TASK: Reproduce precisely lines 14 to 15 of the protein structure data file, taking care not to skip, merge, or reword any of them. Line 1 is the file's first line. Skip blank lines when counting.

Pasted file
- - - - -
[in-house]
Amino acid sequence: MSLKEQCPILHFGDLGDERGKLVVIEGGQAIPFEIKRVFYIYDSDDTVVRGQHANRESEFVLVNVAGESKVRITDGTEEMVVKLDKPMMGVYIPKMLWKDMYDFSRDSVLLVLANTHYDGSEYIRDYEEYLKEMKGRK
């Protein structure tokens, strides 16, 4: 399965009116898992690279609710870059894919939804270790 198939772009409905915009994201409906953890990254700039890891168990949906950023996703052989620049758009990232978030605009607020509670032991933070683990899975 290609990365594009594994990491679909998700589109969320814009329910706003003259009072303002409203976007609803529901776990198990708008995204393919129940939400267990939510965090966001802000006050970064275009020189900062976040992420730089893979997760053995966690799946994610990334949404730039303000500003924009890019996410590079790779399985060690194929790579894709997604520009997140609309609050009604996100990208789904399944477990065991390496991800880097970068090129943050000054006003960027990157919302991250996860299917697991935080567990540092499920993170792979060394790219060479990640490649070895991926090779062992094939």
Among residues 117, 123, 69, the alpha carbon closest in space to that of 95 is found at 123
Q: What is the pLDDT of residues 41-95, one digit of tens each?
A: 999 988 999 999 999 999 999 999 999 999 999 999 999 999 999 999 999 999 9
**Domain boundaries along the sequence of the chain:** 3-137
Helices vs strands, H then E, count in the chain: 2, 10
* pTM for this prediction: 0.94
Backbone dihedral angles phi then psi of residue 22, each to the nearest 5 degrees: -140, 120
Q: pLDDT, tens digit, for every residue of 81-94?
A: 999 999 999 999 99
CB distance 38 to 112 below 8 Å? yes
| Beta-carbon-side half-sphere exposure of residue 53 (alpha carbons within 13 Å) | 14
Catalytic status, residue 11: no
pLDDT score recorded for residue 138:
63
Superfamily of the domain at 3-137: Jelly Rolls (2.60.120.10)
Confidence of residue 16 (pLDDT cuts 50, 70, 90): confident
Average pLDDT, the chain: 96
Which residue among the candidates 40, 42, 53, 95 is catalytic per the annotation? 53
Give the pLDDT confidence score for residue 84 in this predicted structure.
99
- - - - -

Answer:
| Beta-carbon-side half-sphere exposure of residue 53 (alpha carbons within 13 Å) | 14
Catalytic status, residue 11: no